For the past month, talking heads on CNN and MSNBC have repeated numerous outright falsehoods about the Central American caravan: namely, that it is comprised of “mostly women and children”; that there is “no evidence” of criminals participating; and that none of those marching north are “economic migrants.” An MRC analysis of cable news coverage also identified eight instances in which panelists brazenly claimed that the existence of the caravan was itself a conspiracy theory.
Below is a video documenting just some of the numerous narratives about the caravan that cable pundits have been pushing:
For all their adamance, these cable news personalities have repeatedly failed to acknowledge statements from Mexican officials and DHS reports about the makeup of the Central American caravan:
Mexican Interior Minister Navarrete Prida in an October 30 interview on Radio Enfoque (Focus) 100.1 FM substantiated DHS’s assertion of gang members in the caravan: “I have videos from Guatemala that show men dressed in identical clothing, sporting the same haircuts, handing out money to women to persuade them to move to the front of the caravan… we have images showing many of them preparing Molotov cocktails.”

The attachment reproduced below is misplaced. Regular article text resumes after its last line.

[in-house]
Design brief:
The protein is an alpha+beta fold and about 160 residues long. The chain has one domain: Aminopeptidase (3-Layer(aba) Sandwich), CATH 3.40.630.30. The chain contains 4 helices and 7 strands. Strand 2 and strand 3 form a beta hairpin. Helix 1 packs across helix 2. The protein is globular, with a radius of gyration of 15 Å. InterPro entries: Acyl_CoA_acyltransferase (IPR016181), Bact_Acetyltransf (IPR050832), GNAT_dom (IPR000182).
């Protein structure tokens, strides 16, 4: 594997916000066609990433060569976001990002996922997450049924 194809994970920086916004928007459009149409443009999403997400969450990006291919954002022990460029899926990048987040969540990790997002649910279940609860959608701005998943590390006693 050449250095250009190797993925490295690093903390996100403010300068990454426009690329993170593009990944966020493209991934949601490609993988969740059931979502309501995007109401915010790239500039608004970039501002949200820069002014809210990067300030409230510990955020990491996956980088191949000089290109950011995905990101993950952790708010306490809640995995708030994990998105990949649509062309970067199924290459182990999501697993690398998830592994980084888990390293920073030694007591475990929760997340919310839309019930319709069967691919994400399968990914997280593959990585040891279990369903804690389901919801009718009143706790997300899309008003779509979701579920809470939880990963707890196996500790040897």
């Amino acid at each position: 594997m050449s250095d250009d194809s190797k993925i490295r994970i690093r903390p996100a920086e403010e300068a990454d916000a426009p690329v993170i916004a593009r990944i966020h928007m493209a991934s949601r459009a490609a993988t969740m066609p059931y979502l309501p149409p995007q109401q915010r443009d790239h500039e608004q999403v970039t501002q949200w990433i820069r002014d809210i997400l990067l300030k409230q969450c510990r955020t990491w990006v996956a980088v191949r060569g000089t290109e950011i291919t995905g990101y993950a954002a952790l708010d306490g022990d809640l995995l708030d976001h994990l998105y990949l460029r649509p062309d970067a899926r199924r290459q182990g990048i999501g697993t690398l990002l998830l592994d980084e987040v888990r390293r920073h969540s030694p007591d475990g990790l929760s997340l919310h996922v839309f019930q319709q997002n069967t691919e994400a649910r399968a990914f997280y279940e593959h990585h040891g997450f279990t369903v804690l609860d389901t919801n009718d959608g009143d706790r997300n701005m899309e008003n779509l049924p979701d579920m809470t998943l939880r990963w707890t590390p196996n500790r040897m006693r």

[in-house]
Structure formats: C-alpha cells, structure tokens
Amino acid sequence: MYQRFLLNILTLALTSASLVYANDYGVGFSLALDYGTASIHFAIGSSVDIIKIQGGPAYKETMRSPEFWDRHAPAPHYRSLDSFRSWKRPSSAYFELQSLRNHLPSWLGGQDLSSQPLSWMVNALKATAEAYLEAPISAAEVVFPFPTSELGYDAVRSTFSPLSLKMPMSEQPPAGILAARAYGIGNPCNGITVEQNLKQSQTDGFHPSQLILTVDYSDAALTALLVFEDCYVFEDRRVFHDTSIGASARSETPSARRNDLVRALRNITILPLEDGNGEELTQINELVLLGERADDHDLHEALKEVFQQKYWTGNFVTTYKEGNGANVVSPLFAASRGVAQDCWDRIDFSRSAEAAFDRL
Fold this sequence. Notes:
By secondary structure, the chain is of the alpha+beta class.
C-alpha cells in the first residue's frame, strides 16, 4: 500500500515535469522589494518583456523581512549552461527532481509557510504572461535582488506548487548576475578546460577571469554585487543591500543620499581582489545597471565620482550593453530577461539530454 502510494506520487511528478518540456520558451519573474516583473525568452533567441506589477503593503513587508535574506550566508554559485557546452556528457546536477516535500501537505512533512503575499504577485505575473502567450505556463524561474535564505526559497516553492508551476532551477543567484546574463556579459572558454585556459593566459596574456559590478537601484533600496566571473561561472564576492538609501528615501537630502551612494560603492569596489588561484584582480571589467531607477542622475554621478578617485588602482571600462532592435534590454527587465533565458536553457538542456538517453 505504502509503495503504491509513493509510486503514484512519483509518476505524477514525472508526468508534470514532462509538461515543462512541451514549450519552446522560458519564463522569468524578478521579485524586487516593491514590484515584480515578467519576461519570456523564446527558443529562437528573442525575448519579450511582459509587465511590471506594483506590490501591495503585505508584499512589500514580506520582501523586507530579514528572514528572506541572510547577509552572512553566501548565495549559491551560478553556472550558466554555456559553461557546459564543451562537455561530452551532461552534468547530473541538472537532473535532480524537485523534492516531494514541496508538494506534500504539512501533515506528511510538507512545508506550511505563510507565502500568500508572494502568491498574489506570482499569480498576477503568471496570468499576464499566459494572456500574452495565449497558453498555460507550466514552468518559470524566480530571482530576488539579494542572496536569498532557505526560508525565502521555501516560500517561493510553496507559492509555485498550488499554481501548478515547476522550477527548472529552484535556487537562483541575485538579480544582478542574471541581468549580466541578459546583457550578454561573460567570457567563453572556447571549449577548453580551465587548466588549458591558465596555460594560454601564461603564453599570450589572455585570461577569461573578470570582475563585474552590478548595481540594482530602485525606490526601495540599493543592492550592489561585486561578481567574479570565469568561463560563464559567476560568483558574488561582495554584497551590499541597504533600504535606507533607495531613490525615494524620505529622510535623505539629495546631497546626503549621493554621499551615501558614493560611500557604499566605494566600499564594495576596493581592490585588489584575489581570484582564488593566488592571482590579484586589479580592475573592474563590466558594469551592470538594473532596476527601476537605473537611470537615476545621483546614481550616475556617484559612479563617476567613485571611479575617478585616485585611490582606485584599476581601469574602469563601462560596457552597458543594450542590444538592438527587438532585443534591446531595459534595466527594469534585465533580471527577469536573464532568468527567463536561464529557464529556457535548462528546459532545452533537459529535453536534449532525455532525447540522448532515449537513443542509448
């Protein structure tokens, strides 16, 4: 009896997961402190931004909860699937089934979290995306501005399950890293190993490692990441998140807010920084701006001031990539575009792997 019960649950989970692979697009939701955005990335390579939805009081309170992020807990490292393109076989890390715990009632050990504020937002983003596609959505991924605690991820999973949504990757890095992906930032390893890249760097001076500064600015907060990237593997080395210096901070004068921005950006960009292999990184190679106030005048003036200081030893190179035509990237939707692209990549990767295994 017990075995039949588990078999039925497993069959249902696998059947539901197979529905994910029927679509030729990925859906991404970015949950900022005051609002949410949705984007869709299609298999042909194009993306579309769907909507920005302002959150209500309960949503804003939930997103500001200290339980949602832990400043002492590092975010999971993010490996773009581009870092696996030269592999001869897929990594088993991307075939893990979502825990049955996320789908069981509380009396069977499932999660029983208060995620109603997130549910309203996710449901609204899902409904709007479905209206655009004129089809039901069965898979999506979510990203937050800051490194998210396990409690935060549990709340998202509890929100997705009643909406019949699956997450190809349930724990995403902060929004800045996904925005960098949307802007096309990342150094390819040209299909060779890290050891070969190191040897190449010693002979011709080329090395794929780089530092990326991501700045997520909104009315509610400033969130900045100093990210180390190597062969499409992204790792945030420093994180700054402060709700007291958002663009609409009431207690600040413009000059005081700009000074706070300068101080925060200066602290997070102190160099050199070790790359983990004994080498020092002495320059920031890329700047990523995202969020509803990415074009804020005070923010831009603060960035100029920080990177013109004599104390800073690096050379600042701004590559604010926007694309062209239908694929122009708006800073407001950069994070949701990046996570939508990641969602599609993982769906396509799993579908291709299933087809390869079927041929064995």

Mexican Ambassador to the U.S. Gerónimo Gutiérrez recently confirmed the presence of a criminal element in the caravan. As of November 1, DHS had identified at least 270 individuals in the caravan with criminal backgrounds, according to a press release from the department.
There have been reports of migrants committing crime against fellow caravan members. As reported by numerous news outlets – including the Washington Post – on October 29, a man in the caravan attempted to abduct a child who was also making the trip north. That same piece from the Post also describes cocaine and marijuana being sold openly.
The ranks of those burying this information includes not just frequent panelists, but CNN and MSNBC employees as well. CNN chief political analyst Jeff Toobin on New Day November 3 complained of President Trump: “He’s got this fantasy of this caravan.”
MSNBC’s Joe Scarborough was a repeat-offender of the pernicious lie that the caravan did not even exist, using the phrase “phony caravan” multiple times in late October and insisting that the story had been “cooked up” by Republicans and conservative media.
Meanwhile, during the October 23 episode of MTP Daily, Chuck Todd of MSNBC insisted that there was “no evidence of any criminals in the Central American caravan.”
On November 1, CNN political commentator Symone Sanders shouted over former McCain presidential campaign adviser Adolfo Franco when he claimed (accurately) that the caravan was being supported by an NGO called Pueblo Sin Fronteras: “This is — stop, stop, this a conspiracy theory. This is a lie, Jake. This is a conspiracy theory.”
Liberal cable media are hellbent on maintaining as positive an image of the caravan as possible, as demonstrated by their refusal to acknowledge any evidence that might conflict with their sympathetic reporting. At best, this narrative-weaving on CNN and MSNBC betrays a reckless ignorance of the facts; at worst, it constitutes deliberate mendacity.